|LETTER TO EDITOR
|Year : 2007 | Volume
| Issue : 2 | Page : 124-126
Localization of varicella around cutaneous leishmaniasis
AH Siadat, MA Nilforoush Zadeh, SH Moradi, E Haft Baradaran
Department of Skin Diseases and Leishmaiasis Research Center, Isfahan University of Medical Sciences, Isfahan, Iran
A H Siadat
Skin Diseases and Leishmaniasis Research Center (SDLRC), Sedigehe Tahereh Research Center, Khoram Street, Isfahan
Source of Support: None, Conflict of Interest: None
|How to cite this article:|
Siadat A H, Nilforoush Zadeh M A, Moradi S H, Baradaran E H. Localization of varicella around cutaneous leishmaniasis. Indian J Dermatol Venereol Leprol 2007;73:124-6
|How to cite this URL:|
Siadat A H, Nilforoush Zadeh M A, Moradi S H, Baradaran E H. Localization of varicella around cutaneous leishmaniasis. Indian J Dermatol Venereol Leprol [serial online] 2007 [cited 2020 Oct 20];73:124-6. Available from: https://www.ijdvl.com/text.asp?2007/73/2/124/31904
Atypical varicella has been associated with immunosuppression,  skin injury,  sun exposure  and preexisting cutaneous disease.  Localization of varicella lesions has also been described after sunburn. 
A 13-year-old boy was referred to us for evaluation of an ulcerative erythematous plaque (diameter: 30 x 25 mm) on his hand. His lesion began approximately one month before presentation in our clinic. He lived in an endemic area of leishmaniasis in Isfahan province of Iran. He did not have pruritic or painful lesions. Physical examination revealed an erythematous to violaceous indurated plaque with central ulceration on his left hand.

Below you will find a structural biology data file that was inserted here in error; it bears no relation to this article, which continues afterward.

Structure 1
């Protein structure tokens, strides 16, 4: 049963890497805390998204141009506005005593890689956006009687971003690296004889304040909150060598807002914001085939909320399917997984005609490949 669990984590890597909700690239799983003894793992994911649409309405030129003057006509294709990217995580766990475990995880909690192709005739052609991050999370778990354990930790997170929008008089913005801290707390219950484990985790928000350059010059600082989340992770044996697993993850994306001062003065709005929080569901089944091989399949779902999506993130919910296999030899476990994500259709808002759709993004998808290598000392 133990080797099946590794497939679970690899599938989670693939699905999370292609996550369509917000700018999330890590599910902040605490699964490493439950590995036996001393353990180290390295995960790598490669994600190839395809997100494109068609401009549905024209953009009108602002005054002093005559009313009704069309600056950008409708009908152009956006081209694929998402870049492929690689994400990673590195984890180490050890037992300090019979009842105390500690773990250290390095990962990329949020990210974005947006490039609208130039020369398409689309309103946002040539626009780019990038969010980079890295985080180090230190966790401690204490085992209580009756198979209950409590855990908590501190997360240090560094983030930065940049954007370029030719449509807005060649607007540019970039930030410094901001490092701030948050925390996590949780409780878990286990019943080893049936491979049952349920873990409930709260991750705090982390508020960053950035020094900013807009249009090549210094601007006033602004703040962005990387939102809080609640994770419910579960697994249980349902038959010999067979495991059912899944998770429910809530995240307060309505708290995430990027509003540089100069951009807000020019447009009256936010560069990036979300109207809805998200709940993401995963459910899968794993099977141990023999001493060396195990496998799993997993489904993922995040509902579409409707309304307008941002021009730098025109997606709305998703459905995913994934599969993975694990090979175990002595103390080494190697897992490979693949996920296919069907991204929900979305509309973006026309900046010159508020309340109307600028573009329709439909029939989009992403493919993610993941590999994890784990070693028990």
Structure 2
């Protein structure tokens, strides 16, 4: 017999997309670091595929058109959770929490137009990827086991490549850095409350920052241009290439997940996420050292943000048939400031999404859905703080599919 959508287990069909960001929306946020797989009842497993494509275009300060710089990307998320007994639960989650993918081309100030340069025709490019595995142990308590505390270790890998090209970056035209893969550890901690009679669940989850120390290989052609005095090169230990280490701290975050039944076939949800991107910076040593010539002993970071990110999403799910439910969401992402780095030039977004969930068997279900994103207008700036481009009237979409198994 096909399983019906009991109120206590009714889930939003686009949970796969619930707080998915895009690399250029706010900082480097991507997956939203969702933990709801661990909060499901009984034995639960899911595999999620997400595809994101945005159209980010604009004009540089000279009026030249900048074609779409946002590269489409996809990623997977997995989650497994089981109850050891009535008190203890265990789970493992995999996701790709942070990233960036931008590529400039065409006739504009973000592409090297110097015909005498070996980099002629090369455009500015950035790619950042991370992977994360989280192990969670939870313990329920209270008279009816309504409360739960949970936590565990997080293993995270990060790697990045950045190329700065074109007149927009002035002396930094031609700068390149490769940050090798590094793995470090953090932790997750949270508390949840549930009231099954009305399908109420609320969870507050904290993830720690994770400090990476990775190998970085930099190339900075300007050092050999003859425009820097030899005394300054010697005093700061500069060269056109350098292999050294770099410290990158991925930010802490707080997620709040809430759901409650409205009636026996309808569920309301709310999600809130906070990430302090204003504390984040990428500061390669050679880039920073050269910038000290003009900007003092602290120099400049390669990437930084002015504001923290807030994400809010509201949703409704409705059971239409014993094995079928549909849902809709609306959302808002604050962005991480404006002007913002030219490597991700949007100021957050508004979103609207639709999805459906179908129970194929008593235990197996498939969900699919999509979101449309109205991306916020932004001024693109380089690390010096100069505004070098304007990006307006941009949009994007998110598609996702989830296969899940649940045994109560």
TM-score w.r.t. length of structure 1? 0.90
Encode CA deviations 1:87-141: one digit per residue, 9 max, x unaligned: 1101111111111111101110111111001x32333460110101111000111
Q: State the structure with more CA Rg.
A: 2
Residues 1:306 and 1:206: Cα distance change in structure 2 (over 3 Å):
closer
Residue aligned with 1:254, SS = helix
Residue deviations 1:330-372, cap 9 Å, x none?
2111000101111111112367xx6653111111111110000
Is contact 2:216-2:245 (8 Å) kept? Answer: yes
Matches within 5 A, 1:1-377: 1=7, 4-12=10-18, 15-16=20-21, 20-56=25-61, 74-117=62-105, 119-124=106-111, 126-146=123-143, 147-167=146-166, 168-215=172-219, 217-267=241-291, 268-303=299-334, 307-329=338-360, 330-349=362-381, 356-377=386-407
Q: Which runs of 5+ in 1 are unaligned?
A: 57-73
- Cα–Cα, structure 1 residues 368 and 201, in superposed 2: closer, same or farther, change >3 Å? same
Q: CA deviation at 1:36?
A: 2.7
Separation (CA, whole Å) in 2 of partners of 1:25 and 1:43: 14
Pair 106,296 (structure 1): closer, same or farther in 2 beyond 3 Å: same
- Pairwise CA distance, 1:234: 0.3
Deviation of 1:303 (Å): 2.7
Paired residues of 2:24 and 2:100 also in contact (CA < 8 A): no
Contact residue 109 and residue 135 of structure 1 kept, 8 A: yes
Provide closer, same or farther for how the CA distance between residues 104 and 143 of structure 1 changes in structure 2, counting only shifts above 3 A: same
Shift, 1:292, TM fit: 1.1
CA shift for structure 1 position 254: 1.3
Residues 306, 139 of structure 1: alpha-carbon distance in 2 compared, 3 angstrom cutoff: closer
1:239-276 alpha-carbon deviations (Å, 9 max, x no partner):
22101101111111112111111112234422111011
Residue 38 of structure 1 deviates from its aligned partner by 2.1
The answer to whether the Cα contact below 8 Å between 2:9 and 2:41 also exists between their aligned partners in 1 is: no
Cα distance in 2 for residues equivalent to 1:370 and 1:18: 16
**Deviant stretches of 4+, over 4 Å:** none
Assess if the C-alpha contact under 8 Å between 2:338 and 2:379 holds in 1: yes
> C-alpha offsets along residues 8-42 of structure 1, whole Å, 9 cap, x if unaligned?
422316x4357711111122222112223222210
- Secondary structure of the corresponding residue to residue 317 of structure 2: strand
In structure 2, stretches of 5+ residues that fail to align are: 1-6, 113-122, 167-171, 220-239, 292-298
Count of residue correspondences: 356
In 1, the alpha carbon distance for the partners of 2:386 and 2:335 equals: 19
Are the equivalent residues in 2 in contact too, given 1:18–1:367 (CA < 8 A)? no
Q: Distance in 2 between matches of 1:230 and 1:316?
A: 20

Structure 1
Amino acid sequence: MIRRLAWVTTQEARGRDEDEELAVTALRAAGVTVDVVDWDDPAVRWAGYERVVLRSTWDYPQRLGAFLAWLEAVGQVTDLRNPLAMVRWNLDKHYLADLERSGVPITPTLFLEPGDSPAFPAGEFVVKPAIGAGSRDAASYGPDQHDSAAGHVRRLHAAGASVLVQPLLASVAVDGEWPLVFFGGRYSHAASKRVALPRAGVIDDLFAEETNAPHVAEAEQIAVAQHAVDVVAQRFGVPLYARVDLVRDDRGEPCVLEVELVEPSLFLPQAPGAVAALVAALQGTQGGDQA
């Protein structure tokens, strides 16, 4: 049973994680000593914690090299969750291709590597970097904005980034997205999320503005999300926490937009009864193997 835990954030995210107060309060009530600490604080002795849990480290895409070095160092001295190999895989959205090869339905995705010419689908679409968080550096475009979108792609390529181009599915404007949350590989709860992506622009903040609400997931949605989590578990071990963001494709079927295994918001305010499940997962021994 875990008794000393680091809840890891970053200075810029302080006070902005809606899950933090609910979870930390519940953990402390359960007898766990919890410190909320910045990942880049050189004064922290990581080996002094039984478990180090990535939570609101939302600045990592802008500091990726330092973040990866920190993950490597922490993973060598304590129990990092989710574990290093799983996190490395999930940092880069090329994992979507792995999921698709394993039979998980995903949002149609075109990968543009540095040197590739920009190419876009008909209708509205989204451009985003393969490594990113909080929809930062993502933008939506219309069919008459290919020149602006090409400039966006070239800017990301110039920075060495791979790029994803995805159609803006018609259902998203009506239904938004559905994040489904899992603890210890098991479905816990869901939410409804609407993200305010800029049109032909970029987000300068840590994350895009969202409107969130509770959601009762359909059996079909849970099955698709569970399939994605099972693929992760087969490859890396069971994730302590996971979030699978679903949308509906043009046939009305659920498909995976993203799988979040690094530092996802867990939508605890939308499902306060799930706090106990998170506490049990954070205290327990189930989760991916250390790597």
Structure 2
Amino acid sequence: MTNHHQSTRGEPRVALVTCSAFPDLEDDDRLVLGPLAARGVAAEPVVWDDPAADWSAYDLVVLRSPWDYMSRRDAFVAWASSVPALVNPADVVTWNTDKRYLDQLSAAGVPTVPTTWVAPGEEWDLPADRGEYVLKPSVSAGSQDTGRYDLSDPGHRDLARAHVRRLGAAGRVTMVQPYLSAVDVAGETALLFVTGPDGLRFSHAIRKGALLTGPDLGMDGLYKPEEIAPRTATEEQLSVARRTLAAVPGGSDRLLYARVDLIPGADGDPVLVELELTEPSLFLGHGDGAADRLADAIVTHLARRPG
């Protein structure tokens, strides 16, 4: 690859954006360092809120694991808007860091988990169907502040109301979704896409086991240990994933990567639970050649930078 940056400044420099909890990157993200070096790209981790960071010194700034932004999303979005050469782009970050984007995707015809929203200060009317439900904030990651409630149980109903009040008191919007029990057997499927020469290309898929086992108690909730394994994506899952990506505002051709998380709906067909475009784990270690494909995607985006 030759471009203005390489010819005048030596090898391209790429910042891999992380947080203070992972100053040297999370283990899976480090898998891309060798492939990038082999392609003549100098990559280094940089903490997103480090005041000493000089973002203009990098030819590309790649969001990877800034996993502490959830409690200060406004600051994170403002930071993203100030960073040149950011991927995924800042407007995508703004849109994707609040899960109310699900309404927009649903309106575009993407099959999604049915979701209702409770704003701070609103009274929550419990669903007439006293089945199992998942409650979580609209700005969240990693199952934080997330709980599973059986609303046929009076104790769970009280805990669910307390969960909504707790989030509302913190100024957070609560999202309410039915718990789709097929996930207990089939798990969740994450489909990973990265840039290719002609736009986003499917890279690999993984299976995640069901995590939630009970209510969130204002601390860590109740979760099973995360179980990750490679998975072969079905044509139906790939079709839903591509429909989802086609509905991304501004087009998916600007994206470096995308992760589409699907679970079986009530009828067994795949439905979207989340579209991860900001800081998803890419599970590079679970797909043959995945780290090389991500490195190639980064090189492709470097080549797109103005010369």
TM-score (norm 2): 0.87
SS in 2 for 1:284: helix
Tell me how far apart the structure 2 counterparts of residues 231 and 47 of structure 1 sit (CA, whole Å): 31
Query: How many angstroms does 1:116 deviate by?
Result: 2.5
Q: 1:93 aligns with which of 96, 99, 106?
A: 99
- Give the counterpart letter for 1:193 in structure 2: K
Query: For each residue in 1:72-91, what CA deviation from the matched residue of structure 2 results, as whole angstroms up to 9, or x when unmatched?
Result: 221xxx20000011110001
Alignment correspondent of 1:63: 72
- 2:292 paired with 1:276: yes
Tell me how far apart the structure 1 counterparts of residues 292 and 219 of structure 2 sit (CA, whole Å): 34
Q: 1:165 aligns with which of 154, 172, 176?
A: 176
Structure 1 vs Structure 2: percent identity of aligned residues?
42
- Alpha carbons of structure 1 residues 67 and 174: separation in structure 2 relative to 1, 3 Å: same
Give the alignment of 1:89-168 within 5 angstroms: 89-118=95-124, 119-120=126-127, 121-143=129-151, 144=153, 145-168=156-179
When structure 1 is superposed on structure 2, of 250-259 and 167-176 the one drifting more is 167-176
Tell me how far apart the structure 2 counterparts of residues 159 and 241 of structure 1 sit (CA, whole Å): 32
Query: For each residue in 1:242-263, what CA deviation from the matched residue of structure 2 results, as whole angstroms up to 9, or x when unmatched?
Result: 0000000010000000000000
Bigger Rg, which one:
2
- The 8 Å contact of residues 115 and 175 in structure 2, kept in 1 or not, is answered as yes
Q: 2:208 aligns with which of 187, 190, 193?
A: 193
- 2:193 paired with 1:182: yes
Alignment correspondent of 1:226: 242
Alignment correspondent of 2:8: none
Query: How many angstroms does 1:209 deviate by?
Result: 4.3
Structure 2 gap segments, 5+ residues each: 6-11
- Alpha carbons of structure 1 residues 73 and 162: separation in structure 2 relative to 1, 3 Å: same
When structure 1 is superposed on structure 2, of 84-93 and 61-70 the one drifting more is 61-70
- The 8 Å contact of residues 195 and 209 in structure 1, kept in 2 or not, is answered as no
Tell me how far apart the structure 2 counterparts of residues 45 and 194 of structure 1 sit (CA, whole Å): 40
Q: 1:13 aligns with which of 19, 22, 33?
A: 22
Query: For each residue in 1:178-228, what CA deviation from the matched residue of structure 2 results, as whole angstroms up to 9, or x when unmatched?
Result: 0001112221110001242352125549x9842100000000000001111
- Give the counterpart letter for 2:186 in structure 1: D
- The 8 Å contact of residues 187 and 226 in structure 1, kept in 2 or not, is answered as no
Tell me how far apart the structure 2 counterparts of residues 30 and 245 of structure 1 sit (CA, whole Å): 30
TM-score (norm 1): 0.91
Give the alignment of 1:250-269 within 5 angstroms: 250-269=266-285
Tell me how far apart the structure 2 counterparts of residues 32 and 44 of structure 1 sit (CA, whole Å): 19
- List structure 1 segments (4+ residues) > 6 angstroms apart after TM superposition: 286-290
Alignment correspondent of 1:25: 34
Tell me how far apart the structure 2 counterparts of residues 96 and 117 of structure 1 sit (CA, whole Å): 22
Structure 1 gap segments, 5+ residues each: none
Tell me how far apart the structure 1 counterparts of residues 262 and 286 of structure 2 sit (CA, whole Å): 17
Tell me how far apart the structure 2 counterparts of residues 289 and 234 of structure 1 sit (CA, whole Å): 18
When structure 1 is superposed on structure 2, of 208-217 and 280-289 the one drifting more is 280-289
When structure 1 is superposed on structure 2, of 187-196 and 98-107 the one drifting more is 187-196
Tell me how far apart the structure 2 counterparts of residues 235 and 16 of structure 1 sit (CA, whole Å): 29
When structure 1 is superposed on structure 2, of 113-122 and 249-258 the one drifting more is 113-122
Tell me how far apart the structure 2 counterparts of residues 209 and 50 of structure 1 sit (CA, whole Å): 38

Based on the characteristics of the lesion and the place of his residence, the diagnosis of cutaneous leishmaniasis was suggested. A direct smear from the skin lesions was positive for Leishman body. Regarding the singularity and diameter of the lesion, it was planned to be treated with intralesional glucantime. The lesion was infiltrated with intralesional glucantime until the lesion and 1 mm surrounding it became blanched. The treatment was repeated every week.
After four sessions of treatments, the size and induration of lesion had decreased by about 60%. At this time, the patient developed fever and after one day, papulo-vesicular and pustular lesions on his face and then his trunk. He was referred to our clinic again and considering his negative past history for varicella, distribution and centrifugal spread of his lesions, a diagnosis of varicella was made for him. The diagnosis was confirmed by Tzanck Smear.
There was aggregation of varicella lesions around the lesion of leishmaniasis. In fact, although his right hand was completely spared during the course of varicella, his left hand (that was involved with cutaneous leishmaniasis) had many varicella lesions that were localized around the leishmaniasis lesion [Figure - 1]. These lesions were positive for multinucleated giant cells in Tzanck smear and did not show any Leishman body on Giemsa stain. There were only a few lesions of varicella on his arms and forearms.
Varicella was treated with oral acyclovir tablet (20 mg/kg/dose) and recovered in seven days. His leishmaniasis lesion healed after several more injections of intralesional glucantime.
In 1987, Shelley and Shelley reported three children to have striking localization of varicella lesions to skin overlying a diphtheria-pertussis-tetanus toxoid (DPT) immunization injection site, a facial abrasion and a sunburn of the trunk, respectively.